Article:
United They Fall: The Misery that Comes with Supporting Man U

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United They Fall: The Misery that Comes with Supporting Man U

Illustration: Ahmed Sikander

“F

ootball, bloody hell.”

One of the most memorable quotes in the history of the game came from Sir Alex Ferguson after the 1999 Champions League final victory over Bayern Munich in “Fergie time”. It was United’s Sharma ji ka beta era, winning titles and playing attractive football. Manchester United fans were spoilt by success as Sir Alex took seemingly average teams to glory. It’s the easiest thing in the world to support a football club that keeps winning. However, with the Scotsman’s departure after 26 years at the club, United have fallen off a cliff, and the football has quite metaphorically been hell.

For most of my time as a fan of United, their winning ways were my trump card in footballing debates. The other clubs in the Big Four had their own appeal, but for a United supporter, Chelsea were always mere spendthrifts, Arsenal were also-rans, and Liverpool were has-beens. United were an absolute unit, until suddenly they weren’t, and I was forcefully put in the shoes of the fan of a lesser team.

Manchester United has 99 problems, and football is just one of them. There are problems on the pitch. There are personnel problems. There are managerial problems. There are communication problems, and then there are boardroom problems. While failures off the pitch are behind closed doors and away from the cameras, the visible culmination of it all takes the form of poor performances on the ground.

Watching Manchester United play has become a painful exercise. When Victor Lindelof has the ball by his feet, it seems like he wants to quickly get rid of it like it’s the polio virus. The back four change as often as the petrol price in India, and when Plan A fails, it is time to hoop long balls to Marouane Fellaini, hoping he can channel his inner Harry Potter and come up with some magic. As a collective, the team gives off the impression that they are scared of keeping the ball and playing football.

The cohesiveness of Ferguson era is harder to spot than Anil Kapoor in Mr India. When United makes a substitution, it is seen as a matter of politics, as the camera pans to the player’s reaction and everyone expects drama to unfold in post the match. When a player is left out of the squad, there are automatic rumours that he’s unhappy at United and wants to move on. Jose Mourinho hasn’t helped his cause by blaming the refereeing and throwing his players under the bus at the first sign of criticism. There are rumours every week that he has lost the dressing room, or had a new fight with one of the players. Every pre- and post-match conference is a potential controversy.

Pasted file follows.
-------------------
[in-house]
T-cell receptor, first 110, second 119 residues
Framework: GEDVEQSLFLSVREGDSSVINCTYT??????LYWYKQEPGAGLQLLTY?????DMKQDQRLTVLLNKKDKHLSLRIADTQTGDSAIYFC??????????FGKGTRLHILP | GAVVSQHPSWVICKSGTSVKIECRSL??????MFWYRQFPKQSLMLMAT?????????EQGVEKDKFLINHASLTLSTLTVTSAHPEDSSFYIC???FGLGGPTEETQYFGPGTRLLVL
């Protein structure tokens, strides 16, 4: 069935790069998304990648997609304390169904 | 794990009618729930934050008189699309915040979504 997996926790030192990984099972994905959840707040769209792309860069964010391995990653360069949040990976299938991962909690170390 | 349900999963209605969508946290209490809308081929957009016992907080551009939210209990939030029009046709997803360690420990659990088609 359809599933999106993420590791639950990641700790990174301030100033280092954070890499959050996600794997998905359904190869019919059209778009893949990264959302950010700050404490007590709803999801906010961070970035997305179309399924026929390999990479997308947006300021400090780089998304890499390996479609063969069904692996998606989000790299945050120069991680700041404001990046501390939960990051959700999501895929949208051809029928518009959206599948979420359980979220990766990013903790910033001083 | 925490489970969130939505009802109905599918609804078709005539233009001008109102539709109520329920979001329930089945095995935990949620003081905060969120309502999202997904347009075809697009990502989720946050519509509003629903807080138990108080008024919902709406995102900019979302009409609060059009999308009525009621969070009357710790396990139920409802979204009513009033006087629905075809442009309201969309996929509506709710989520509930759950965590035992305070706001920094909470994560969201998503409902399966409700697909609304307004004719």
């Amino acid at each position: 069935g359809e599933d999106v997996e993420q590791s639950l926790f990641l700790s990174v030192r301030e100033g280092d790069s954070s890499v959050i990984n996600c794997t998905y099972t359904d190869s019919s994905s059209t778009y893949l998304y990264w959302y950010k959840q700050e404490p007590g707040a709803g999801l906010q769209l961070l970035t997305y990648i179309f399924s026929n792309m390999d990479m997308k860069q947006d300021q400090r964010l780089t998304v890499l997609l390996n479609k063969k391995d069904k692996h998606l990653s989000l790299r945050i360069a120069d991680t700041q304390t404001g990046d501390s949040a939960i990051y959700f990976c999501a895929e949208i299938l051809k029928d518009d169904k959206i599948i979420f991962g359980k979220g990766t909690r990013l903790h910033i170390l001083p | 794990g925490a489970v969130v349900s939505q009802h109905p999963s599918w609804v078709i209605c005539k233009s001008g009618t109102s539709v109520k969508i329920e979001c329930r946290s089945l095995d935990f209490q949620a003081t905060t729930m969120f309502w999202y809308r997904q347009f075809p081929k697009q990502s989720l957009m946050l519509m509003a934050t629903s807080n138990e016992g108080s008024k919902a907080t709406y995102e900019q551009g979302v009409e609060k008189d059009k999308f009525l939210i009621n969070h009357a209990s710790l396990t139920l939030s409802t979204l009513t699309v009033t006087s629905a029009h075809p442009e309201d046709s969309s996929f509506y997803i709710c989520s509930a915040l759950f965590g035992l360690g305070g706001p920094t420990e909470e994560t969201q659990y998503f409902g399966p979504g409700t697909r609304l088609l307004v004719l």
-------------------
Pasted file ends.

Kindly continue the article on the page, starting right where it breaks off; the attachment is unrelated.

The manager and the style of play has also drawn criticism from ex-United players and legends, resulting in an ugly war of words. As a United fan, no one wants to pick a side between Paul Scholes and Jose Mourinho, both having distinguished achievements in their respective careers. The United fan base on social media is also heavily divided, with one fraction wanting #MourinhoOut and the other staunchly defending him.   

United has lost the essence of what it meant to be United.

However, it would be a fallacy to lay all the blame on the players and the manager. The Manchester United board is “rotten to the core”, said former United player Gary Neville in his furious rant on Sky Sports. “I love that football club. I absolutely love it to death. It’s been my life. It’s given me everything, and I have to say that something has to change and it isn’t the manager, it’s above that” he added.   

The fans dislike the style of play and blame the manager. The manager blames the board for not buying players. The board blames the manager for not being able to do well with the players he has. The pundits blame everyone for the colossal mess. As a fan, watching the entire spectacle at Manchester United is more heartbreaking than the entire run of This Is Us.

Where one would earlier look forward to the weekend game hoping that a comfortable victory at Old Trafford would cheer up your workweek, there is now a sense of uneasiness and disappointment. You expect a drab performance from the United team and you know it will ruin your week, and more often than not, they oblige. Perhaps this is what it feels like to be an Arsenal or Liverpool fan.

Manchester United used to be about three things – stability, young homegrown talent, and quick, counter-attacking football. Since Sir Alex left, managers have changed faster than Taimur Ali Khan’s diapers. United have bailed out on its footballing philosophy the same way politicians in India change their tunes when moving to a different party.

United has lost the essence of what it meant to be United. It is just another club now, like Chelsea or Manchester City, that spends large amount of money to buy the best players and the best managers to win titles. And Manchester United fans are left repeating a cliche they once mocked Arsenal and Liverpool fans for.

“Next year will be our year.”

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